Campile, south Co.Wexford, is a small village that was served until recently by trains operated to and from Waterford and Rosslare Harbour. The line was opened as late as 1906 by the Great Southern & Western Railway. Campile Station once had an island platform, footbridge, large goods yard and corrugated iron station building, typical of the type to be found on the line. There was also a private siding on the down side of the station serving the now demolished Co-Op creamery, which was remarkably bombed by the Luftwaffe during WW2. The station ceased to be a signalling blockpost in 1987 and the sidings, passing loop and signal cabin were removed. The remaining station building and footbridge were also demolished in the early 2000s. Passenger services over the south Wexford line ceased in September 2010, although the track remains in situ.
Standing at the somewhat bare platform at Campile Station is 071 Class loco No.081, operating the  Railway Preservation Society of Ireland's 'South Wexford' railtour. A general view of the much simplified station at Campile, which once boasted an island platform, station building and footbridge. The wide ramp visible on the right was once the sugar beet loading bank. An Irish Railway Record Society special, formed of a 2800 Class railcar with No.2815 leading, is seen at Campile Station. Visible on the left is the trackbed of a former private siding, the forlorn looking wooden gate of which remains in situ in the background. This siding served the adjacent creamery. The former island platform at Campile, which once boasted a corrugated iron station building. The loop and signal cabin at the station were removed in 1987.
Another view of Campile, viewed from the west end of the station. The small goods shed was once located on the right on the concrete constructed platform. General view of Campile Station, looking east towards Rosslare, with the trackbed of the former passing loop clearly visible on the right. A similar view at Campile but taken in September 1977, with 141 Class locos No.171+B168 operating a special from Wellingtonbridge to Waterford. In this view is the footbridge, station building and goods shed. ©Barry Carse A November 1977 view of Campile Station during the sugar beet season, with 001 Class loco No.050 shunting by the beet loading bank. Amongst the open wagons loaded with the crop is a covered wagon which conveyed beet pulp to the processing plant at Thurles. ©Barry Carse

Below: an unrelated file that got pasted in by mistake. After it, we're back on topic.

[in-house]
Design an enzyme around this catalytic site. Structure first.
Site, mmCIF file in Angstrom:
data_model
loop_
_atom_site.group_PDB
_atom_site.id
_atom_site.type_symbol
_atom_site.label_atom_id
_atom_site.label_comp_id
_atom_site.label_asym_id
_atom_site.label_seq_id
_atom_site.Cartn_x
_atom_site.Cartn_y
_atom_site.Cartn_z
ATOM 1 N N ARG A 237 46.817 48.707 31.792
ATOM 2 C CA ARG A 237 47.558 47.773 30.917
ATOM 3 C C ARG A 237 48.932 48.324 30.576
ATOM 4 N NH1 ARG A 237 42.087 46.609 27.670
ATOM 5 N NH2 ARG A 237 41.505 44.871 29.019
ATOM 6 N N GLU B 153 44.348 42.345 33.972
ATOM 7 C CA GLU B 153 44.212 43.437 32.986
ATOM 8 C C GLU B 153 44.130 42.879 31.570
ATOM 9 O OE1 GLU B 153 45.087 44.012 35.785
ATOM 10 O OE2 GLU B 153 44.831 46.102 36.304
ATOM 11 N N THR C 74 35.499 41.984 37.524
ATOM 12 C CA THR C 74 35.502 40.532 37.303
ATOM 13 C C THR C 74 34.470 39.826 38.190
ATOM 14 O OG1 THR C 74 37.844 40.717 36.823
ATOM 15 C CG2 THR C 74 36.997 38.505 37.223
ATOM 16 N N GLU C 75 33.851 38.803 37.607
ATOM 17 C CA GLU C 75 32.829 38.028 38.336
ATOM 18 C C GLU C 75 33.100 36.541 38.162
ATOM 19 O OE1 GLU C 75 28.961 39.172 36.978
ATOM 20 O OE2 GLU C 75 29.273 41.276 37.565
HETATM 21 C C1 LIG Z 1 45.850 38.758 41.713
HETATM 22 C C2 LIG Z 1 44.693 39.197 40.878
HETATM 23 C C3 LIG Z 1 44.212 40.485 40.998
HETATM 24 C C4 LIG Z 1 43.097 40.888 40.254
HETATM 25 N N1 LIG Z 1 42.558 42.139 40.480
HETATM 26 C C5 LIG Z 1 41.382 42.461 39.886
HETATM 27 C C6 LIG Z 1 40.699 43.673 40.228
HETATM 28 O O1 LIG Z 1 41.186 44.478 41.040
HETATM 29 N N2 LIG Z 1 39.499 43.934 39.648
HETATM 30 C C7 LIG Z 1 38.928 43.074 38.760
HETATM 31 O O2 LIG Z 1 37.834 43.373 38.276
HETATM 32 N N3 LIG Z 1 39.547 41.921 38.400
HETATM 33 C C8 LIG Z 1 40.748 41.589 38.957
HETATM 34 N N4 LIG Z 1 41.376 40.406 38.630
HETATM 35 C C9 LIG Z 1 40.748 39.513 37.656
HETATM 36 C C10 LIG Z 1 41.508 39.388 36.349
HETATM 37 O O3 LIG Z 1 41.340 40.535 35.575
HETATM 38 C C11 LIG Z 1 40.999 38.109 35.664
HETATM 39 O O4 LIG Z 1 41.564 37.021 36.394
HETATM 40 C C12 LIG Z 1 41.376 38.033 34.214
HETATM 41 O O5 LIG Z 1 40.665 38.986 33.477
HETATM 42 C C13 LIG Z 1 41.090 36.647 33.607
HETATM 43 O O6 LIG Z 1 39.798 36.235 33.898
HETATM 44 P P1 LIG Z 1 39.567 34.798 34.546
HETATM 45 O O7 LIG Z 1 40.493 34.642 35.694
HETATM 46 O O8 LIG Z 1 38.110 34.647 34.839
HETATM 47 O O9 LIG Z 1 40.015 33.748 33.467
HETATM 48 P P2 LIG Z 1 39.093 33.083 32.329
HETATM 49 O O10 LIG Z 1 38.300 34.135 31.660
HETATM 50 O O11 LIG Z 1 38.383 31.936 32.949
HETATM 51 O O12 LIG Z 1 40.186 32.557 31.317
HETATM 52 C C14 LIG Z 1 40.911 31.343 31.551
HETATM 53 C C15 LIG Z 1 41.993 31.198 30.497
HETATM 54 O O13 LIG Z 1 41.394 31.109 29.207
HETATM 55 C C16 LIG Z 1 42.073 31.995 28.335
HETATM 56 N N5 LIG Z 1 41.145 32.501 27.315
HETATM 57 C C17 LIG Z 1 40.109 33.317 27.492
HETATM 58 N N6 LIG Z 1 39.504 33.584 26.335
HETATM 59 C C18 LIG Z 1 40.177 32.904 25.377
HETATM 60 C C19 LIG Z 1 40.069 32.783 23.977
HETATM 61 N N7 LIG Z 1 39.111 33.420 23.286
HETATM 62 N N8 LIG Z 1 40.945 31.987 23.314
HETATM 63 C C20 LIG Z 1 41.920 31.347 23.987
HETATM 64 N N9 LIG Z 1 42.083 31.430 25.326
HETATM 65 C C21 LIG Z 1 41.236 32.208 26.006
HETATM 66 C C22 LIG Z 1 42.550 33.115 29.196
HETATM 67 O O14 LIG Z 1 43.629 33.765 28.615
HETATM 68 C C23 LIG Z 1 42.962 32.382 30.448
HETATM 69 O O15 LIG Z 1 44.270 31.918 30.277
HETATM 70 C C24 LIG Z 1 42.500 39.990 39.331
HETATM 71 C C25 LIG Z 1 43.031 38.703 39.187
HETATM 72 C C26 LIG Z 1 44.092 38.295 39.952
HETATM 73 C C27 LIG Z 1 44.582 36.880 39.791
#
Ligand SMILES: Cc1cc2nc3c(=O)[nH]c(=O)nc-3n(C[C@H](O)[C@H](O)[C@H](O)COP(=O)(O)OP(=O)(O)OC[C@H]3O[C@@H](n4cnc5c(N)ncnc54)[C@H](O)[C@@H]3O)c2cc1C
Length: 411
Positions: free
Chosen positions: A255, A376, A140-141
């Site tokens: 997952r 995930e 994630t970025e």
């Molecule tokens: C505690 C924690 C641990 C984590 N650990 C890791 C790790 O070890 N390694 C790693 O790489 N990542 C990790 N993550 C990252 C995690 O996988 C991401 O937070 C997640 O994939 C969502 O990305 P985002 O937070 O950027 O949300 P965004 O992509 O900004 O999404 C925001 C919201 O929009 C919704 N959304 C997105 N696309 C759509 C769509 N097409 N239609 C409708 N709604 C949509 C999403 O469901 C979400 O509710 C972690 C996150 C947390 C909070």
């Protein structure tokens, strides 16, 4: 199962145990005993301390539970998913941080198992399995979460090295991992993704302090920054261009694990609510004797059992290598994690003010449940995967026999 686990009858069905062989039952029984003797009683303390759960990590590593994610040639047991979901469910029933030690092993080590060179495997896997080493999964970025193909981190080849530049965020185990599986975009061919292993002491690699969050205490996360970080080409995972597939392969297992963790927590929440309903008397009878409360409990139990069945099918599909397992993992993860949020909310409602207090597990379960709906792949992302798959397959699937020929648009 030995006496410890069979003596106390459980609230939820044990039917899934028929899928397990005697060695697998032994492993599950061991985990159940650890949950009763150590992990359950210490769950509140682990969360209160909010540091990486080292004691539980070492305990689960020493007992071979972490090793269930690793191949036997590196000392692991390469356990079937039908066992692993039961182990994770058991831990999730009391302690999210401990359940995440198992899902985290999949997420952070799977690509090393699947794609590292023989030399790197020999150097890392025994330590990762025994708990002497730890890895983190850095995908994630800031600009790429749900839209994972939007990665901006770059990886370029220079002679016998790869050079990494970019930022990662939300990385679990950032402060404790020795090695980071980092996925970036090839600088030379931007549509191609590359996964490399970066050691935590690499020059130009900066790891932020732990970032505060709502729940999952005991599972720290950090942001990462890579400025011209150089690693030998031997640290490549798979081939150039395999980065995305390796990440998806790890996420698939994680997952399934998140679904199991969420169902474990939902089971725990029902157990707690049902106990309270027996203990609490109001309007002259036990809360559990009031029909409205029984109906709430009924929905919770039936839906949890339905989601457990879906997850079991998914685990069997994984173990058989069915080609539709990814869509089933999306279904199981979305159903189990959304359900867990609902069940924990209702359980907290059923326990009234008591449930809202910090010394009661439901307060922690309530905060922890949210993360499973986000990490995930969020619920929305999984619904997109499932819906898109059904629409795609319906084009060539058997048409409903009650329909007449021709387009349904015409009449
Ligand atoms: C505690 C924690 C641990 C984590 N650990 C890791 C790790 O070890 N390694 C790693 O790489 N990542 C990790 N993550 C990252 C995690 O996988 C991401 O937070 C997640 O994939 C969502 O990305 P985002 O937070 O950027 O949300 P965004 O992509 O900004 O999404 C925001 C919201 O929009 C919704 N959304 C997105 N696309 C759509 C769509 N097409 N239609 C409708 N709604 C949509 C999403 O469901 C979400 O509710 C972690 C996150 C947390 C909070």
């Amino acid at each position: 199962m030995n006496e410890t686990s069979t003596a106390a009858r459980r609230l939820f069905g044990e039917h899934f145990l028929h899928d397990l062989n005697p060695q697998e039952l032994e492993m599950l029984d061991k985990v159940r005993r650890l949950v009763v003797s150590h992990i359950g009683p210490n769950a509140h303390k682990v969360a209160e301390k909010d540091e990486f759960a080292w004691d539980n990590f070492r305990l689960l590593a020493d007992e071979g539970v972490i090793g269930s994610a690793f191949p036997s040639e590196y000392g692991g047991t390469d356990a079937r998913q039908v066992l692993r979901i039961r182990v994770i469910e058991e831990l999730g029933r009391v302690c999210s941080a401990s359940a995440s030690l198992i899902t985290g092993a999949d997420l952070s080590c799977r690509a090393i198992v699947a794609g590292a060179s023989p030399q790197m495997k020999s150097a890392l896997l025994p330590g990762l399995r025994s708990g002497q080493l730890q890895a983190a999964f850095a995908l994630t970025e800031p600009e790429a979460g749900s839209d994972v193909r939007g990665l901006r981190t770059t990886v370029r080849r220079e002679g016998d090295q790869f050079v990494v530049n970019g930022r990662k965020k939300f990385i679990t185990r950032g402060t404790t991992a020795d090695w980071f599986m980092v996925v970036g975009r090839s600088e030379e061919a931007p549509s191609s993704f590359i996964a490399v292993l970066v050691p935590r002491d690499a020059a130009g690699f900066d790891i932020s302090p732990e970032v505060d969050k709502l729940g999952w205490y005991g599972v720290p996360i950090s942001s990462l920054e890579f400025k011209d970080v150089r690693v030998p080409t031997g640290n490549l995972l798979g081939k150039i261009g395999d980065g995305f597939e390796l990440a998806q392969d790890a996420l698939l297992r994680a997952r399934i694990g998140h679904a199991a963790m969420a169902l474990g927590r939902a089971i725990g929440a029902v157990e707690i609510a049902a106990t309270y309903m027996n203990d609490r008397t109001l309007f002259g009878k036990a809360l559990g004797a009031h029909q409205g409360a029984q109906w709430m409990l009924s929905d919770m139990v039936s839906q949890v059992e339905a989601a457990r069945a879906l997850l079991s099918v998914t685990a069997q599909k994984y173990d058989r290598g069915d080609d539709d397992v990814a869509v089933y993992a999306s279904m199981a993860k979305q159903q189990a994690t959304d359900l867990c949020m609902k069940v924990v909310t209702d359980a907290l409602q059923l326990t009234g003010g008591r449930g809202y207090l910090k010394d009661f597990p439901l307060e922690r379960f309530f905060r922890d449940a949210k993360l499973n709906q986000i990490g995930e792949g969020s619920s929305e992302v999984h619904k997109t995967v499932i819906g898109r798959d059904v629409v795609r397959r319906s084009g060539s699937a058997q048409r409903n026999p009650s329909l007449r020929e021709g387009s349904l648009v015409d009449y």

An early 1970s view of Campile, taken in the early 1970s from the station footbridge. In this view is the small station building which was eventually demolished in the early 2000s. Beside A Class loco No.A52r is the siding serving the creamery, while in the background a tractor tips its load into an open beet wagon. ©Barry Carse There are two public road level crossings east of Campile, at Burkestown and Rathumney. This is the latter crossing where 071 Class loco No.079 is seen working the Irish Rail weed spraying train en route from Rosslare to Limerick. The distant signal arm on the right with the fishtail end protects Burkestown LC. Loco No.079 is captured again just east of Campile at the user operated level crossing at Carrowanree, the site of Campile Station's one time 'up' distant signal.